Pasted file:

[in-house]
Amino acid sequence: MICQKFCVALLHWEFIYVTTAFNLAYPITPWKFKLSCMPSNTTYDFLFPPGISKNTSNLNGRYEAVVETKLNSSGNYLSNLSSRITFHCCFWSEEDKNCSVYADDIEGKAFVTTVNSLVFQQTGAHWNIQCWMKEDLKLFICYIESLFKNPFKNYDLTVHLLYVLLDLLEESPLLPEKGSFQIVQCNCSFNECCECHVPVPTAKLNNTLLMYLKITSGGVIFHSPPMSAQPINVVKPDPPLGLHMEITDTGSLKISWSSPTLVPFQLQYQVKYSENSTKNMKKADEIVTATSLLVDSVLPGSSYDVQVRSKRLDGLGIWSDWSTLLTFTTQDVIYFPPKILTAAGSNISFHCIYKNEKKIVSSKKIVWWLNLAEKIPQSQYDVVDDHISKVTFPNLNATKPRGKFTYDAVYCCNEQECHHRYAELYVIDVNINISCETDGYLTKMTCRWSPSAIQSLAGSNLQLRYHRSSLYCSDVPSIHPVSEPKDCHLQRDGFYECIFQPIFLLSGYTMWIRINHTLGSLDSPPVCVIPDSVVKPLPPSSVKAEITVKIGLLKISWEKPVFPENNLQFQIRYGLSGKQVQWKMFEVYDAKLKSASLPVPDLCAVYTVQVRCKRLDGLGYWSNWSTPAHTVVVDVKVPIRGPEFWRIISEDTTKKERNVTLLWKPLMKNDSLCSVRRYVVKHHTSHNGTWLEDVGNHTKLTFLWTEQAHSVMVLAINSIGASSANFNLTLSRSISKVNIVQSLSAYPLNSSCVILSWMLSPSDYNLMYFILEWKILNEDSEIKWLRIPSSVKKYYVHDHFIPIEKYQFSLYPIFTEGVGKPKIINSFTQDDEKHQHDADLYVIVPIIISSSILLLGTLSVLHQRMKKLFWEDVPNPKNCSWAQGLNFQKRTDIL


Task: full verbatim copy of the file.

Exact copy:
[in-house]
Amino acid sequence: MICQKFCVALLHWEFIYVTTAFNLAYPITPWKFKLSCMPSNTTYDFLFPPGISKNTSNLNGRYEAVVETKLNSSGNYLSNLSSRITFHCCFWSEEDKNCSVYADDIEGKAFVTTVNSLVFQQTGAHWNIQCWMKEDLKLFICYIESLFKNPFKNYDLTVHLLYVLLDLLEESPLLPEKGSFQIVQCNCSFNECCECHVPVPTAKLNNTLLMYLKITSGGVIFHSPPMSAQPINVVKPDPPLGLHMEITDTGSLKISWSSPTLVPFQLQYQVKYSENSTKNMKKADEIVTATSLLVDSVLPGSSYDVQVRSKRLDGLGIWSDWSTLLTFTTQDVIYFPPKILTAAGSNISFHCIYKNEKKIVSSKKIVWWLNLAEKIPQSQYDVVDDHISKVTFPNLNATKPRGKFTYDAVYCCNEQECHHRYAELYVIDVNINISCETDGYLTKMTCRWSPSAIQSLAGSNLQLRYHRSSLYCSDVPSIHPVSEPKDCHLQRDGFYECIFQPIFLLSGYTMWIRINHTLGSLDSPPVCVIPDSVVKPLPPSSVKAEITVKIGLLKISWEKPVFPENNLQFQIRYGLSGKQVQWKMFEVYDAKLKSASLPVPDLCAVYTVQVRCKRLDGLGYWSNWSTPAHTVVVDVKVPIRGPEFWRIISEDTTKKERNVTLLWKPLMKNDSLCSVRRYVVKHHTSHNGTWLEDVGNHTKLTFLWTEQAHSVMVLAINSIGASSANFNLTLSRSISKVNIVQSLSAYPLNSSCVILSWMLSPSDYNLMYFILEWKILNEDSEIKWLRIPSSVKKYYVHDHFIPIEKYQFSLYPIFTEGVGKPKIINSFTQDDEKHQHDADLYVIVPIIISSSILLLGTLSVLHQRMKKLFWEDVPNPKNCSWAQGLNFQKRTDIL